Santander Holdings USA closed a branch inside the same building as its Boston headquarters Monday morning after about 50 to 60 protesters from a union-affiliated group briefly entered the space.
The retail office at 75 State Street closed for less than an hour, “to ensure the safety of our customers and employees,” after the demonstrators from the Committee for Better Banks got inside, the bank said. The headquarters offices are on the upper floors of the building.
The Committee for Better Banks, an alliance of unions and community groups, said it staged the demonstration to protest Santander’s alleged predatory lending practices and “poor working conditions.”
Raschelle Burton, a spokeswoman for the bank, said the protest was part of “an ongoing campaign sponsored by the Communications Workers of America to unfairly and inappropriately discredit Santander.”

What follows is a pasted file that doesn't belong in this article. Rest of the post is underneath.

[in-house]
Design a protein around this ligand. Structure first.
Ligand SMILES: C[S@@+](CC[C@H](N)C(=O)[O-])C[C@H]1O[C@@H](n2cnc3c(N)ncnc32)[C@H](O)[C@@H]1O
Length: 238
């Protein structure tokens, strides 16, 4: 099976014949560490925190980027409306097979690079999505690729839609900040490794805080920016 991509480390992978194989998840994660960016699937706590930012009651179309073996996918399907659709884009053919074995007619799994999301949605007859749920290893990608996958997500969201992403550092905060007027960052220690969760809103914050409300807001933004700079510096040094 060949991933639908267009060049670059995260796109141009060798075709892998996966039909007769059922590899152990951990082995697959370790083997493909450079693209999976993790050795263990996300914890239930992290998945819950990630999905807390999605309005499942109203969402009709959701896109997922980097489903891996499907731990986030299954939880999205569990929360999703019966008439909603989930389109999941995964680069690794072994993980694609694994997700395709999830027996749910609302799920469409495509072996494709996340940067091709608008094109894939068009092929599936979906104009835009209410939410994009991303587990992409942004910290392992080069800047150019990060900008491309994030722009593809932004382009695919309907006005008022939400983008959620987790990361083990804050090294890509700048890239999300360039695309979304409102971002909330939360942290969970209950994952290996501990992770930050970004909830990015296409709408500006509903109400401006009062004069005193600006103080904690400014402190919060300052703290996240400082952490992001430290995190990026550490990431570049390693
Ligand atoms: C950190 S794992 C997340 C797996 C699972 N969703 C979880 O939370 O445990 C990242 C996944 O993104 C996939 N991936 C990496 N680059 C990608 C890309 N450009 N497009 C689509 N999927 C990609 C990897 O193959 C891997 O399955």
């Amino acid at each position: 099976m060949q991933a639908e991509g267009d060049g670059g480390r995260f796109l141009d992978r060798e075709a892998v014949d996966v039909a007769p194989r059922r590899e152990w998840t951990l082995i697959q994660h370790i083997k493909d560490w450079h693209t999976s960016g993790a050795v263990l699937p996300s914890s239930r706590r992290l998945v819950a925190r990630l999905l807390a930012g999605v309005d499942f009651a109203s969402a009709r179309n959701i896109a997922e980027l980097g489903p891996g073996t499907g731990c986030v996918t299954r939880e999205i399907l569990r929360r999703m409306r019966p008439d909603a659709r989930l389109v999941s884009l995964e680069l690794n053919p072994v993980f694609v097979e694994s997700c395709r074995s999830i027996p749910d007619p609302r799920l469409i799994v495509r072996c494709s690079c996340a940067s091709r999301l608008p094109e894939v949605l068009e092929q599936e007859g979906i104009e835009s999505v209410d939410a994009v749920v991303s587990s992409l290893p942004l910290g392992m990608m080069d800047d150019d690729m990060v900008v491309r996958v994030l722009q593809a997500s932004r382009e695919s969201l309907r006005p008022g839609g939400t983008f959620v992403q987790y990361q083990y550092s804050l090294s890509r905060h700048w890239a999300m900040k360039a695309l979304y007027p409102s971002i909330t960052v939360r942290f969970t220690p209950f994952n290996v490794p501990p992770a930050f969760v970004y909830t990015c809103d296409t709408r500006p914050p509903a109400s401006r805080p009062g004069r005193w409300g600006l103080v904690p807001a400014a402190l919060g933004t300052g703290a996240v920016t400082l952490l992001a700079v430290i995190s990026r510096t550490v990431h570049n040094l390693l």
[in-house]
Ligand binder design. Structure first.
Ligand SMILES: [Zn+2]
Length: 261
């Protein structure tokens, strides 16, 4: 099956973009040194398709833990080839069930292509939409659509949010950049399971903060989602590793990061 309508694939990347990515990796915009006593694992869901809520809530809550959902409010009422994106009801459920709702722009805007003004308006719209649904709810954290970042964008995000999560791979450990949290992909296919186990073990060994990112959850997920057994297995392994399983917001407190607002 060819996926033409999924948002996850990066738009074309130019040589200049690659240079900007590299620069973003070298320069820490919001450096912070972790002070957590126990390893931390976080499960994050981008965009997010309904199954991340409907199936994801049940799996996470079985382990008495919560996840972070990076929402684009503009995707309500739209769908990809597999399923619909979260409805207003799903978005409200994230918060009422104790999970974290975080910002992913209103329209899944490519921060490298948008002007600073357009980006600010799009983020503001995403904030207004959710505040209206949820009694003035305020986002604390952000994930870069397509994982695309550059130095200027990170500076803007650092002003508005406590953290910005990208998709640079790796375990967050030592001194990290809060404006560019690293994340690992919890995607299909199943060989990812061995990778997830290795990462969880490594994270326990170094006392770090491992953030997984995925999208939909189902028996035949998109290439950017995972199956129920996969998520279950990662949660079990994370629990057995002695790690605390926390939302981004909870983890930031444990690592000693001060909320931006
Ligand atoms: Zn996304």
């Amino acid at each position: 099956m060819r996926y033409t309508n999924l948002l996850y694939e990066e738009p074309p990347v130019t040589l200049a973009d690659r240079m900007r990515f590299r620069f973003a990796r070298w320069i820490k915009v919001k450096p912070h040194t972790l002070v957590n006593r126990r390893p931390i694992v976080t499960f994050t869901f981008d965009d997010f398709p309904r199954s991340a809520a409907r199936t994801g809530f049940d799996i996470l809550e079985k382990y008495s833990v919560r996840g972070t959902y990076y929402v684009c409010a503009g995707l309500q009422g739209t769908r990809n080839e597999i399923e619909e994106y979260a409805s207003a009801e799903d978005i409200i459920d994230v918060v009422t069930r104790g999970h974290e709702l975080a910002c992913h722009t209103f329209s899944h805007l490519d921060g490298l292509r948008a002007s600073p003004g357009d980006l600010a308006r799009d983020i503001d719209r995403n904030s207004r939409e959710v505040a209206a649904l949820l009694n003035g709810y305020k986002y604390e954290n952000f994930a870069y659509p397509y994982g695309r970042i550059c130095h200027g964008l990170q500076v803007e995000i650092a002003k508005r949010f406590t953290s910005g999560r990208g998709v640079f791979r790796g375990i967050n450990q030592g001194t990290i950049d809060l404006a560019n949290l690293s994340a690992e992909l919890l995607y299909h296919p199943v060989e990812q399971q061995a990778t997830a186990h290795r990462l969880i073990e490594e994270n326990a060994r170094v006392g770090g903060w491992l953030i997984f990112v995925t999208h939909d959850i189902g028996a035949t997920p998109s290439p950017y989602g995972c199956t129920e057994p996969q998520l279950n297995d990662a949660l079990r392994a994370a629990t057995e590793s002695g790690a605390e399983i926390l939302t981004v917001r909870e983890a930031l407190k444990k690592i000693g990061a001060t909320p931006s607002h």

The bank “recognizes and respects the rights of its employees to unionize or not, as they choose under U.S. law,” she said. “Santander prides itself on having an employee-friendly workplace where our employees are recognized and motivated and where direct, open and frequent communication between employees and management is encouraged.”
The committee has been trying to take advantage of the scandal at Wells Fargo to stir up discontent among workers at other banks. It recently alleged "unreasonable sales and debt-collection goals" at U.S. Bancorp in a letter to that company’s shareholders.
The group seized upon recent black marks against Santander Holdings, the parent company for both the $83 billion-asset Santander Bank and Santander Consumer, the Dallas-based auto lender.
Santander Holdings last week was hit with an enforcement action by the Federal Reserve that requires it to strengthen oversight of its subprime auto-lending unit. Last month, regulators downgraded Santander Bank’s Community Reinvestment Act rating, citing legal issues with its lending practices.
The committee is willing to do “whatever it takes to get workers and their customers what they deserve: a voice on the job and access to fair, ethical banking,” Teresa Casertano, a member of the Communication Workers of America, said in a statement.